The Life of the Marsh Trail at Assateague Island is a .5 mile loop trail that was recently rebuilt after being destroyed by Hurricane Sandy in 2012.  The new version of the trail offers a sturdy boardwalk that extends over the marshland, offering visitors a perfect view of the area and its supported wildlife, including a wide variety of bird species as well as the famed wild ponies that roam the island. Pro tip: All visitors should give themselves plenty of extra time to stop at the trail's plentiful overlooks, while Freedom Chair riders in particular should take advantage of one of the few remaining sections of trail untouched by Hurricane Sandy that leads right to the beach.

Eastern Neck National Wildlife Refuge - Bayview-Butterfly Trail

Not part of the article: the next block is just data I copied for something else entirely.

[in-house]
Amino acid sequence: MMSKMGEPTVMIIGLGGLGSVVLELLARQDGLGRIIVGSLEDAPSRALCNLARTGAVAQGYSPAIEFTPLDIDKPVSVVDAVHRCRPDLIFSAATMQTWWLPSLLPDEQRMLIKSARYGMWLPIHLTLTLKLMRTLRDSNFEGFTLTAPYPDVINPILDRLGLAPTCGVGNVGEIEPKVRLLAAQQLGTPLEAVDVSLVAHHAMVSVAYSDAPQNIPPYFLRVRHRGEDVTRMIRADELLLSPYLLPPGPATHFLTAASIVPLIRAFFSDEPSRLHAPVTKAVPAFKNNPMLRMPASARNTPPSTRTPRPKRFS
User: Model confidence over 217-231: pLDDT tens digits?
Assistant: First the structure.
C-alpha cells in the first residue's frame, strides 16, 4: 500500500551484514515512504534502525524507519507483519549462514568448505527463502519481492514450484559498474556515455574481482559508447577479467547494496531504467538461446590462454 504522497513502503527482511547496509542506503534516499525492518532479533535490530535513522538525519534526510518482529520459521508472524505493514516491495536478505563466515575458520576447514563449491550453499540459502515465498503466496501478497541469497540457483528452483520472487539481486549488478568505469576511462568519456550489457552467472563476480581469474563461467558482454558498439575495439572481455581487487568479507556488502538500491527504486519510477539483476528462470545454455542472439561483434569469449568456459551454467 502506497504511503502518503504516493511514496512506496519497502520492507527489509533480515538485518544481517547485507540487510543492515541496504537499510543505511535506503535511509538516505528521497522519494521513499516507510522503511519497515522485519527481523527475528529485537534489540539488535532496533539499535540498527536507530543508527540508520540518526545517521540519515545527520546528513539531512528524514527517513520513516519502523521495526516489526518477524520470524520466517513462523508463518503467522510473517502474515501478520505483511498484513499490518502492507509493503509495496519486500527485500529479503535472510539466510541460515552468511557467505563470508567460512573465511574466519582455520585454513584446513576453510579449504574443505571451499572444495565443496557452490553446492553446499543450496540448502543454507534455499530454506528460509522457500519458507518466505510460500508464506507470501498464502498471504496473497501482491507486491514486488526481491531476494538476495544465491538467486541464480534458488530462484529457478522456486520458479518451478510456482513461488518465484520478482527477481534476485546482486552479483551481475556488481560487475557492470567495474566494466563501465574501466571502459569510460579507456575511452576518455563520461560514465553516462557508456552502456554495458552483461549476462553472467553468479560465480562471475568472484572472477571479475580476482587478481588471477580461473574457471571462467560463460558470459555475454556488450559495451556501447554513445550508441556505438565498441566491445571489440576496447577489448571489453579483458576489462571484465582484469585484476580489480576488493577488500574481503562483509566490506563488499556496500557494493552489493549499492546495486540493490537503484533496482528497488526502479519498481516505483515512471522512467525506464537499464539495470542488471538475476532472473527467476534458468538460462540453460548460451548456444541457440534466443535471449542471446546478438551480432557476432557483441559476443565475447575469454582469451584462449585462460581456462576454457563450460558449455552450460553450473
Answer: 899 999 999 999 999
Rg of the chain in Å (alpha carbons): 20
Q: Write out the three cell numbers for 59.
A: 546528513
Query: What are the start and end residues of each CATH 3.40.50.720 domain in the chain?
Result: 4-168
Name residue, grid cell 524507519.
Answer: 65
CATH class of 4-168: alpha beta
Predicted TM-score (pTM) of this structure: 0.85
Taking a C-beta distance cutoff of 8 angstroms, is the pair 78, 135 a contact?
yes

Eastern Neck National Wildlife Refuge is a 2,285 acre island providing habitat for thousands of wintering waterfowl including the tundra swan. Swans feed off of grasses in the river and narrows as do the 1,000s of waterfowl. Eastern Neck refuge supports a wide variety of habitats including brackish marsh, natural ponds, upland forest, and grasslands.

The Bayview-Butterfly trail is a universally accessible trail that meanders through restored grassland and young forests for 1/3 of a mile, where it ends at an overlook, complete with gazebo, that offers visitors scenic views of the Chesapeake Bay.  The border of the trail is teeming with native plants, which have been set into the ground specifically to attract wild butterflies along its lengths. Pro tip: Keep your eyes peeled for great blue herons, green herons, and great and snowy egrets, all of which are commonly found in the tidal flats and marshes of the refuge.

Patapsco Valley State Park - Grist Mill Trail